While I was a part of culinary education at two prominent U.S. colleges, I was proud of how many women were entering and graduating from culinary schools. By the late 1990’s, nearly a third of all enrolled students were women and that number appeared to be growing. This population stalled over the next decade or so, except in baking and pastry programs where the percentage of women was much greater.

Still, in comparison to the early days of pre-1990 culinary education, these numbers were encouraging.

From a chef’s perspective, gender was no longer a real concern. As the restaurant industry grew, what mattered most was work ethic and skill. As a result, I would always tell students and parents that the glass ceiling in the restaurant business was non-existent. If you were passionate about food, competent, had some business savvy and were willing to make the commitment – success could be yours.

Here it is, 2014 and although there have been thousands of female graduates from culinary programs; there is a surprisingly small number who hold positions of executive chef. Now, there are certainly examples to the contrary; a cadre of women chefs who are making their mark, yet no where near the 33% that graduate from culinary schools across the country.

So where is the gap? Does it matter what gender a chef happens to be? Do we even need to have a conversation on the topic? I can only speak from my own experience and do not profess to have any substantial quantitative or qualitative data to support my observations; nevertheless, her is my take.

It shouldn’t matter what gender a chef is, but it does in some minds, and yes, we need to have this conversation. We all realize that men and women are different in many ways. Some of these differences are real while others are fabricated. In an article from Business Insider, Melissa Stanger wrote of her interview with Rebecca Rockafellar, the GM of iStockphoto. In this succinct article, Rockafellar points to three distinct traits of women leaders:

  1. Social Intuition: Women tend to be tuned into subtle signs that fellow employees or customers display. Women seem to have the desire and ability to not just identify these signs, but also work with individuals from this point of observation and understanding.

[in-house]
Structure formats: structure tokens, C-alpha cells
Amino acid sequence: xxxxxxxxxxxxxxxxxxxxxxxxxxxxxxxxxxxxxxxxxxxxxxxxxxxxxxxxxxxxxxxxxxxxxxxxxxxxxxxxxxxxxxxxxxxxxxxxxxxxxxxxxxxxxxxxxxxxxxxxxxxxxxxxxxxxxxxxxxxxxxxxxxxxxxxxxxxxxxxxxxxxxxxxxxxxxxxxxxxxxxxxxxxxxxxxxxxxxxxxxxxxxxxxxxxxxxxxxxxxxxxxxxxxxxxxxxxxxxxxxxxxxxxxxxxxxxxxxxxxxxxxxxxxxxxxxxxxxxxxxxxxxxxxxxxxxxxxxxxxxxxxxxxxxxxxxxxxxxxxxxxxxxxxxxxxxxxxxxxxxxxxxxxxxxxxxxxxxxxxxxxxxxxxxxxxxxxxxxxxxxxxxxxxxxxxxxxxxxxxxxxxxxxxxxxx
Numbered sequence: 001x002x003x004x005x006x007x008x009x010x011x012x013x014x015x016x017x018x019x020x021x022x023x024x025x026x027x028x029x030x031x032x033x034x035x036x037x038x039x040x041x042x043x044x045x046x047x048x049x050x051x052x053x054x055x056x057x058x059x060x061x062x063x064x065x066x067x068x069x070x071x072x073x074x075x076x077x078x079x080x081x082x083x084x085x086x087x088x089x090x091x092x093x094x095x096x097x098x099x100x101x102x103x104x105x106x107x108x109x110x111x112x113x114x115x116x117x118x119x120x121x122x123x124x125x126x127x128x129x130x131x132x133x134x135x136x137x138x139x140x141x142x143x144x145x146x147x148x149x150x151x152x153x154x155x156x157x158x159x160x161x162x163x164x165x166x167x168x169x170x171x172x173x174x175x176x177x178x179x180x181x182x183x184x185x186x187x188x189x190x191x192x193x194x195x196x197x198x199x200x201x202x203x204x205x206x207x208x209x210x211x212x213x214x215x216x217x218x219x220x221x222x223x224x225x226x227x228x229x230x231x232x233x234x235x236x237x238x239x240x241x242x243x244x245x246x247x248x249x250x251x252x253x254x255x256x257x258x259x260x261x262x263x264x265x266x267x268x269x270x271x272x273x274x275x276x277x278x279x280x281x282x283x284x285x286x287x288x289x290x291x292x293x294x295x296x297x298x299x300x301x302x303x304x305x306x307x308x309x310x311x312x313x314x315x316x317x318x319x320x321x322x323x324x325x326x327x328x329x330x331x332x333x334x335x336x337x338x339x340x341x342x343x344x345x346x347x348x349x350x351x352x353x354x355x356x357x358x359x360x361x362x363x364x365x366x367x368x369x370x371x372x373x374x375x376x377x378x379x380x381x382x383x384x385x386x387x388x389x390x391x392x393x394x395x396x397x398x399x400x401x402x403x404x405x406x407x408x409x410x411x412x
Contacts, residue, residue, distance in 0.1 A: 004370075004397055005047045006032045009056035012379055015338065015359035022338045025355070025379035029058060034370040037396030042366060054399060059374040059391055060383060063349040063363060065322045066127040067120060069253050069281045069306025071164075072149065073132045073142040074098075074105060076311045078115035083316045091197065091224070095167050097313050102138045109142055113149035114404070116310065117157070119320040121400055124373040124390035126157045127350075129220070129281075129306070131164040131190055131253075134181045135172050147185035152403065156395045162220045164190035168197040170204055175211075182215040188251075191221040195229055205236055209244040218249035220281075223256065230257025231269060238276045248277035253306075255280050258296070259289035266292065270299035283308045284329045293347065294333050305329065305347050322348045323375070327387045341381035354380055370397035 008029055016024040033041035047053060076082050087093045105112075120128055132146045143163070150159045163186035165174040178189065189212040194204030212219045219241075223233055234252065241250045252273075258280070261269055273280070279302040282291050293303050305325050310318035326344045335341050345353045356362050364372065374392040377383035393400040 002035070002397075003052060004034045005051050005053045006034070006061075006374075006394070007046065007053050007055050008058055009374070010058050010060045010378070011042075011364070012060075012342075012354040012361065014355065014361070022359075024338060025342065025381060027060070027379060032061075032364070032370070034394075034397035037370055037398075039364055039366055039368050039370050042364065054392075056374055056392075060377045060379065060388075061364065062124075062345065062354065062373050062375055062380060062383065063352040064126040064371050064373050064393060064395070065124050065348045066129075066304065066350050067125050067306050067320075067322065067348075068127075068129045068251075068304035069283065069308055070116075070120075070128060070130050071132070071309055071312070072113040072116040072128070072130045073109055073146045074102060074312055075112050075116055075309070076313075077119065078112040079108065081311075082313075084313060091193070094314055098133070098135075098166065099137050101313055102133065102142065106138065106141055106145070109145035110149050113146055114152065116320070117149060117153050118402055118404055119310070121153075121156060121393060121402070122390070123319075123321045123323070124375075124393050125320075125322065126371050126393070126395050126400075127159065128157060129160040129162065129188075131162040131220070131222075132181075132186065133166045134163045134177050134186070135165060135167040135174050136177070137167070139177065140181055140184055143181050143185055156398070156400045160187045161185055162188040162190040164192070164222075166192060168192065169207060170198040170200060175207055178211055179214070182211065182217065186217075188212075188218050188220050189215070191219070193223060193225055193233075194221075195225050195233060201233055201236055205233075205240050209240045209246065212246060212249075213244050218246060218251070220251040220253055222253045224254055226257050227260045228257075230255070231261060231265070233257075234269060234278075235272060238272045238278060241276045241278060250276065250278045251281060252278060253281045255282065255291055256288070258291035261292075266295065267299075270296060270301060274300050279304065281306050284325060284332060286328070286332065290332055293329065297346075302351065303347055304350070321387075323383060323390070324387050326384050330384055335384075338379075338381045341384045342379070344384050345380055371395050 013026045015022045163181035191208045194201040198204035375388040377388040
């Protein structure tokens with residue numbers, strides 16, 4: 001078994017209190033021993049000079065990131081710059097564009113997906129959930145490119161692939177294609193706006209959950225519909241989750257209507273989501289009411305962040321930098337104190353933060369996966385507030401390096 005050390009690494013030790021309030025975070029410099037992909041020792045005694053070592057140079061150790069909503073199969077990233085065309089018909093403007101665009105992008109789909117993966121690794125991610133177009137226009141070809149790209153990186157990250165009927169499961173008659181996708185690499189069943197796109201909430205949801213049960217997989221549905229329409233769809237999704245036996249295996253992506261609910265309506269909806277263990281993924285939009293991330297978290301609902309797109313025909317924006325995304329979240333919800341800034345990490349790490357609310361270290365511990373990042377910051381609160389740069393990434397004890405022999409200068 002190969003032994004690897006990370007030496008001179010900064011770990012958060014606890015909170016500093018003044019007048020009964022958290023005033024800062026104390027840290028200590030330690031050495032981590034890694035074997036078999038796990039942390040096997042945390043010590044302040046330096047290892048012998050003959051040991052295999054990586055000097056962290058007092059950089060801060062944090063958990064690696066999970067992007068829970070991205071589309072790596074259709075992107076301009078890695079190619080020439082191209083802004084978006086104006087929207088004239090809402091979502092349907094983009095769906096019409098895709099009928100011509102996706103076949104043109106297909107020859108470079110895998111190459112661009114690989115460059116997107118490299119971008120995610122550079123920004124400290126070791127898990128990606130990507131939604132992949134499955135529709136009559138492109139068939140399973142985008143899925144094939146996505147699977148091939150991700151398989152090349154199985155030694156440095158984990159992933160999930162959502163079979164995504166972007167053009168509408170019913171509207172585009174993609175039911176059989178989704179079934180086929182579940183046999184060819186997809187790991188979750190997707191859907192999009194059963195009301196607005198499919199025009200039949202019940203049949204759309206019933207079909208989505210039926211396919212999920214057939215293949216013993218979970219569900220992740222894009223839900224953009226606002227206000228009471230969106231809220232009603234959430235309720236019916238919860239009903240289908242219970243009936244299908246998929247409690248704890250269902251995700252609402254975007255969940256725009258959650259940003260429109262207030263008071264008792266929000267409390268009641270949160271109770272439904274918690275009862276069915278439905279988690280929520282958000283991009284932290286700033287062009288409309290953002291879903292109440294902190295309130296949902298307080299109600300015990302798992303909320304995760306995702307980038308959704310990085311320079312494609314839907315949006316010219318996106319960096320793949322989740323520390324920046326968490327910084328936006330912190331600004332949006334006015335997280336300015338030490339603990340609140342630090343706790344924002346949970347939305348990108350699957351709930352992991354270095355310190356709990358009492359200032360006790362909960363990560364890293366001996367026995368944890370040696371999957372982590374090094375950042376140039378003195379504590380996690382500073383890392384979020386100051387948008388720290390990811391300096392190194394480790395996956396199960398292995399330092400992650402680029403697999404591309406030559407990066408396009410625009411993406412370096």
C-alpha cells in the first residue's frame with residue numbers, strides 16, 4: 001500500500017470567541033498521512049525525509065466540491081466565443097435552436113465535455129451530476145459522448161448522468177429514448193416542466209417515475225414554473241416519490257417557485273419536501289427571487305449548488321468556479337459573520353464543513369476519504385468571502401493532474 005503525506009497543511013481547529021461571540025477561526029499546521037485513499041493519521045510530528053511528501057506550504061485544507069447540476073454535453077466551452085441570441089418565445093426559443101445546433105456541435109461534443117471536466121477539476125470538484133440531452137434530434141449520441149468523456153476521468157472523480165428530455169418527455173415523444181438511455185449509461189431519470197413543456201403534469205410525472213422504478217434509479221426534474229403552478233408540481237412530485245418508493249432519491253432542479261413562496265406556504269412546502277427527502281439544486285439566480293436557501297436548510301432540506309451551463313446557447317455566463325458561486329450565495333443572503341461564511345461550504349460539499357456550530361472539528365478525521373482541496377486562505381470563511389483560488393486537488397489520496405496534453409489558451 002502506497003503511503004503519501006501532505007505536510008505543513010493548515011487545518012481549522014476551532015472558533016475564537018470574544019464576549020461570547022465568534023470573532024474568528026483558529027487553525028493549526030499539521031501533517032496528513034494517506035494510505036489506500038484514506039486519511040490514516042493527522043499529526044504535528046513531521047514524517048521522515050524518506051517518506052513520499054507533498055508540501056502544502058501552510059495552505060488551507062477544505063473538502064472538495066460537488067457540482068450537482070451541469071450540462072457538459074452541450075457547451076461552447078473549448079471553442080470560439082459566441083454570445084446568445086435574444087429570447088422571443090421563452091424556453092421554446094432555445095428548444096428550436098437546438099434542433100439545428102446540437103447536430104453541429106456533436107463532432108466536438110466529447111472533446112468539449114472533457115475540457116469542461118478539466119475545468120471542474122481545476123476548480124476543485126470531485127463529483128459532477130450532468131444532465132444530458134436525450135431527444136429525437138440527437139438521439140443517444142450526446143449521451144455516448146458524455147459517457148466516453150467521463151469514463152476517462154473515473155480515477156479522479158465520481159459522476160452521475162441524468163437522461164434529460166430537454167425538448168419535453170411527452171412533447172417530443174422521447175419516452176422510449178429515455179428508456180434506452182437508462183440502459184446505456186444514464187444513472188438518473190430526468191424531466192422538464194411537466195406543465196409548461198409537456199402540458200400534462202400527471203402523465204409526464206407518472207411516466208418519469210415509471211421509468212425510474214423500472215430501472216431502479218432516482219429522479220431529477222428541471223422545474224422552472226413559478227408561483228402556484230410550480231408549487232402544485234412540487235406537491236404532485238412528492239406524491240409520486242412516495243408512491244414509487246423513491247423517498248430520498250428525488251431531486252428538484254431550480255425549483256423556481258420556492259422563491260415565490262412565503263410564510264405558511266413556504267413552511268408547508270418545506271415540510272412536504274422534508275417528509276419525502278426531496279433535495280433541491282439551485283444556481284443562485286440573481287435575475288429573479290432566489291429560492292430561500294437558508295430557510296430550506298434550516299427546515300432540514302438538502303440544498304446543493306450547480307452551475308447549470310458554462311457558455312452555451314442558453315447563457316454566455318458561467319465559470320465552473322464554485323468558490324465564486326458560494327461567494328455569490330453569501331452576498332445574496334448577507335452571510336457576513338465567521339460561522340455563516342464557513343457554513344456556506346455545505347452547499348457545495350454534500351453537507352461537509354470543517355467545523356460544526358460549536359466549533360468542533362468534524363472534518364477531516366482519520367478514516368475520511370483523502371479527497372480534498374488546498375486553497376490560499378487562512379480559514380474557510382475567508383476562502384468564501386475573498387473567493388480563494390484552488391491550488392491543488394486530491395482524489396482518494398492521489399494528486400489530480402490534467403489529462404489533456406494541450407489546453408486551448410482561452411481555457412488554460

2. Empathy: Women tend to listen and care more about what employees and guests are feeling and experiencing. This display of “caring” is oftentimes lacking in organizations.
  3. The Desire to Build Business Consensus: Women, in general, seek to build understanding and consensus of opinion around a topic during any decision making process. This desire to involve others is a trait that many employees, in particular, seem to gravitate towards.

Men, on the other hand (once again, a generalization):

  1. Tend to ignore social intuition and often times view this form of bonding as a sign of weakness.
  2. Feel empathy, as do women, but far too often hide it under a veil of testosterone laced “maleness”.
  3. Consensus is foreign to many men in positions of power, and they would rather ask for forgiveness than seek consensus. The rapid fire demands of kitchen decision-making demand real-time responses, which women leaders have to work harder to accept. Women tend to be inclusive and men like to go it alone. There is a time and a place for both approaches.

In a kitchen, I have found that women cooks and chefs have a bit more finesse, are detail oriented and can bring a different sense of focus to the operation.

A balanced team of at least the numbers resembling those in culinary schools tends to calm a kitchen and open the door to a sensitive approach to everything. Male cooks act differently (in a good way) when there is a gender balance in the kitchen.

When gender is too far skewed towards a population of male cooks then life can become uncomfortable for women. This would apply to the opposite situation as well. In either case, f the chef or the manager does not observe, act, educate and set standards of behavior, then the environment can become untenable for the minority gender.

There are no physical reasons in today’s kitchens for men and women to lack equal opportunity for career success, yet the numbers tell a different story.

I applaud those women who are leading the way for others and demonstrating that a woman’s place is leading a kitchen. Alice Waters, Annie Rosenweig, Nancy Silverton, Lydia Shire, Lidia Bastianich, Traci Des Jardins, Barbara Lynch and many other trailblazers are doing an exceptional job, yet they are still a minority. Many people can recite the names of prominent male chefs, but need to turn to Google to find their female counterparts.



The industry needs talent. We need dedicated cooks with eyes on the prize of running a kitchen. It is time for the industry to recognize the incredible pool of talented female cooks who are ready for the challenge. As Andre Soltner once said, “Keep in mind we are all cooks.” We are cooks with equal potential. We should all have an equal opportunity.




Les Dames d’Escoffier International


A Woman’s Place is in the Kitchen (if you can still find a copy)



Harvest America Ventures, LLC


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About Me

PAUL SORGULE is a seasoned chef, culinary educator, established author, and industry consultant. These are his stories of cooks, chefs, and the environment of the professional kitchen.


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